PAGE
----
If you have a sudden need for gold bars — along with a 10-pound jar of peanut butter and 30 paper towel rolls — look no further. Costco has you covered. But act fast, as they are selling like hotcakes.
“I’ve gotten a couple of calls that people have seen online that we’ve been selling one-ounce gold bars, yes, but when we load them on the site, they’re typically gone within a few hours and we limit two per member,” Richard Galanti — Costco director, executive vice president and CFO — said in earnings call on Sept. 26, according to a transcript.
This resulted in a phenomenon some Redittors called “a true you snooze you lose” situation. Tips on how to go about scoring the bars are legion on Reddit, such as one posted by user G-nZoloto: “One person kept one in his cart even though it was sold out the first time. He would just hit checkout once in a while. When it showed up the second time he just hit checkout and had it.”
Another bonus, you have options. You can buy one-ounce gold bars of 24-karat gold from South Africa’s RAND Refinery, or a Swiss-made PAMP Suisse Lady Fortuna Veriscan, according to the description on Costco’s website.
How Much Do Gold Bars Cost at Costco?
So how much are these? While the price is available for members only, according to Insider, they retail at $1,949.99 and $1,979.99, respectively.
For Andrew Latham, certified financial planner and director of content at SuperMoney.com, the prospect of buying gold bars at Costco is “intriguing.”
“The interest in gold, though, is nothing new or surprising. Gold has been historically considered a ‘safe haven’ asset that is valued during financially volatile times, particularly when there are concerns about inflation,” said Latham.
Latham noted, however, that like any investment, there are pros and cons. On the plus side, gold can act as a portfolio diversifier, potentially offsetting losses in other asset classes. On the downside, physical gold poses risks, including the threat of theft. Owners often have to bear additional costs for safe storage or insurance, further denting potential returns, he added.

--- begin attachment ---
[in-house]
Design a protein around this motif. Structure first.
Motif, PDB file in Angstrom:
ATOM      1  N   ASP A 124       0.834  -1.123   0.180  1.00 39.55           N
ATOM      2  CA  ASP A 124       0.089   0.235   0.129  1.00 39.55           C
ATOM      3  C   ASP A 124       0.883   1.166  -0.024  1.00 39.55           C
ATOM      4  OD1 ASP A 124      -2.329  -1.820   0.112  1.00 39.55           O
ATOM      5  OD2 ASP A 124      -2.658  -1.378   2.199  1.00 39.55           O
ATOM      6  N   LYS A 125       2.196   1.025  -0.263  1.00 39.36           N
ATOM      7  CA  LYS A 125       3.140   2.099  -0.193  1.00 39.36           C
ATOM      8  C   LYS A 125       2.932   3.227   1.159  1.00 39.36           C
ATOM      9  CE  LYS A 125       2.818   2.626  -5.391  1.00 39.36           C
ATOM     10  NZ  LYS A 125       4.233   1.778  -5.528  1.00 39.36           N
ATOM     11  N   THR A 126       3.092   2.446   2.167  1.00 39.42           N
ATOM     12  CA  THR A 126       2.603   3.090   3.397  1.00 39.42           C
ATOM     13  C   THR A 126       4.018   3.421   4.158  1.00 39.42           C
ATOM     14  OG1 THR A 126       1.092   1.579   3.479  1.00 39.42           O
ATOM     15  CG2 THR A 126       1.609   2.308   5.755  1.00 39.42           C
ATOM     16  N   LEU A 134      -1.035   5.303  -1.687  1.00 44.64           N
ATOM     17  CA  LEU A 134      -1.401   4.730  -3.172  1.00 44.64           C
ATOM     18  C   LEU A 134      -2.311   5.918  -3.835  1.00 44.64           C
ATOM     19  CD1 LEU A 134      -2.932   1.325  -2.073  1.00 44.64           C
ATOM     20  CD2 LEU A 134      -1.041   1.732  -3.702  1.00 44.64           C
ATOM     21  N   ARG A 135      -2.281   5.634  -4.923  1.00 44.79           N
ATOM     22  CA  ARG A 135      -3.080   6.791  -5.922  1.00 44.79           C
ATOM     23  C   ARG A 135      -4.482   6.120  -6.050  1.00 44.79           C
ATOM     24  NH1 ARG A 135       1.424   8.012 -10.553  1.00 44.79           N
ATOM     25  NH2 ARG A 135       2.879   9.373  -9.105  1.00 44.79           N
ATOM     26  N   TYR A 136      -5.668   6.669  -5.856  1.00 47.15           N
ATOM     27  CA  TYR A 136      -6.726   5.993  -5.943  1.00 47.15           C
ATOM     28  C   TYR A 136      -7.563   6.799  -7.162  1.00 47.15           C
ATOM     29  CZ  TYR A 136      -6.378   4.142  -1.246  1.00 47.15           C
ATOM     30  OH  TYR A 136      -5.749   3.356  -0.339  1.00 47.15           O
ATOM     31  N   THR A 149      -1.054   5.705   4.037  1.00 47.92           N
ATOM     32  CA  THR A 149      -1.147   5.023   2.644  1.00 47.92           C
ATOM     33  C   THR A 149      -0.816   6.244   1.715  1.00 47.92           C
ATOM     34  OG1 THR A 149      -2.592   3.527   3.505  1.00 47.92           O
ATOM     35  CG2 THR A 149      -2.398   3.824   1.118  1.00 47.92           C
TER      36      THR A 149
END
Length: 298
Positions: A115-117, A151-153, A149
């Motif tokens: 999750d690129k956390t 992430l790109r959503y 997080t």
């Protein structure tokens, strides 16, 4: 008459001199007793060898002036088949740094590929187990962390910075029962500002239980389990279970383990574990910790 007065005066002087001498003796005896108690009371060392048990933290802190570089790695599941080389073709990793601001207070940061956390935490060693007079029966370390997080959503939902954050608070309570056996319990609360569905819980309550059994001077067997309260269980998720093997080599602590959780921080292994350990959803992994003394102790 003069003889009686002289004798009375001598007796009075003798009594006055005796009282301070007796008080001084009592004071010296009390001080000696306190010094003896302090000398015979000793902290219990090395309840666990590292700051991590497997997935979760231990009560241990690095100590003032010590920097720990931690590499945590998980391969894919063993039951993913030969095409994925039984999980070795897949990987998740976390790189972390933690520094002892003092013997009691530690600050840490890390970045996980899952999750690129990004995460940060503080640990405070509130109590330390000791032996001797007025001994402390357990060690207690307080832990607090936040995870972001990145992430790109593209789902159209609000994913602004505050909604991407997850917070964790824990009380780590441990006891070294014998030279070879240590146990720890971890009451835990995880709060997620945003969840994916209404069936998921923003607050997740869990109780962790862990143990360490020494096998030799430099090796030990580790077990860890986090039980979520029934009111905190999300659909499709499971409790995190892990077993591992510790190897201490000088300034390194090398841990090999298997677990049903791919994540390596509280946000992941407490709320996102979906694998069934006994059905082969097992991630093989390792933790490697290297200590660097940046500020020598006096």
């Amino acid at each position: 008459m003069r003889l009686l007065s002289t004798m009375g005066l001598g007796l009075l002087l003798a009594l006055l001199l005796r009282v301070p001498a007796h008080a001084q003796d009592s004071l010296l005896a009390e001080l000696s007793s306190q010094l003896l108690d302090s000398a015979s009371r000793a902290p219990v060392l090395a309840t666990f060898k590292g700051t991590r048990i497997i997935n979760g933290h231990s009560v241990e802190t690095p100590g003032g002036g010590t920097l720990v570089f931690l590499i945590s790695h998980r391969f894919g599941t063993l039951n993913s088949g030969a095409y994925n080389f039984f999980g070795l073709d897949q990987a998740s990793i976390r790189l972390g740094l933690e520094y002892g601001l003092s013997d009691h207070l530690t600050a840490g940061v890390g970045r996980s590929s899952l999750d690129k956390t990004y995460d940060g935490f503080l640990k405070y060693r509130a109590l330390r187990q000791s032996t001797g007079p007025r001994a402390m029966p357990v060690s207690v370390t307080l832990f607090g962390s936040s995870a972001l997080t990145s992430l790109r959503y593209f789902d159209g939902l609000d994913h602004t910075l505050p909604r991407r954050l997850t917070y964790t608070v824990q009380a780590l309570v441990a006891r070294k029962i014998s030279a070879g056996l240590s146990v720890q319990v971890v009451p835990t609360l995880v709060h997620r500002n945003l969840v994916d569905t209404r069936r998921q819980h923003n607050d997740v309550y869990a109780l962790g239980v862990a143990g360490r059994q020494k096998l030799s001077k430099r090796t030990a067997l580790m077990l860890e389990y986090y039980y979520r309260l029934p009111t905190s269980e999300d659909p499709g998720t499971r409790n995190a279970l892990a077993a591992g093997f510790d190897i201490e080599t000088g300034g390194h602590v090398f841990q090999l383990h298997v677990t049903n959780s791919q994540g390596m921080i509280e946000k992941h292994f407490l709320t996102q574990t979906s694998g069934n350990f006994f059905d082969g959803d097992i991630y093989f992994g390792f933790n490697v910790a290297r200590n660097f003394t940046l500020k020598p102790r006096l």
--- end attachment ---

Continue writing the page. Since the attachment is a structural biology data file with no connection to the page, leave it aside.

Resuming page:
“Investors who are interested in gold may want to go with established gold dealers because they usually have transparent pricing structures based on the global spot price of gold,” he added. “In contrast, retail environments might have mark-ups that aren’t immediately apparent.”
Another option is to invest in gold exchange traded funds (ETFs), and gold mutual funds, which allow investors to track the price of gold without holding the physical asset, added Latham.
“These financial instruments can be bought and sold like stocks, offering the benefits of gold investment without the challenges of storage, insurance, and liquidity,” he said.
Gold Buying: A Testament to Americans’ Financial Savvy?
Given that historically, gold sales are strong in periods of high uncertainty — and with stubborn inflation, softening labor markets, and other signs of a slowing economy persisting — it would be more surprising if Americans were not seeking some sort of protection, said Peter C. Earle, economist with the American Institute for Economic Research.
“A store like Costco being unable to keep physical gold in stock is a great sign of the increasing financial savvy of Americans,” added Earle. “But it’s probably not a positive omen for the health of the U.S. economy in the coming year or two.”
Why Do Gold Bars Make Sense in the Current Economic Landscape?
According to Collin Plume, founder and CEO of Noble Gold Investments, gold always makes sense in any economic climate because it serves a very unique role in your portfolio.
“I like comparing it to building a sports team. Each player has a specific role, shooter, defense, point guard, and others,” said Plume. “Gold is your last line of defense. When all your offensive players can’t seem to sink that ball, all you have is that defensive guy to stop everyone else in the other team from burying you deep.”
Plume also noted that gold moves against the dollar and the market.
“When the economy is having a meltdown, you have one steady asset that you can count on. Is it going to make you a millionaire in a year or two, probably not — but it will store the value of your wealth until things pick up again,” he said. “A hedge, that’s what gold is.”
According to him, if you are nearing retirement, gold is “an asset that has no counterparty risk, is outside of the government’s control and is just as valuable here as it is in any part of the world.”
As for the Costco gold bars, Plume believes they aren’t worth tracking down unless you are in it for the excitement.
“That’s a retail store, imagine the markup,” he said.
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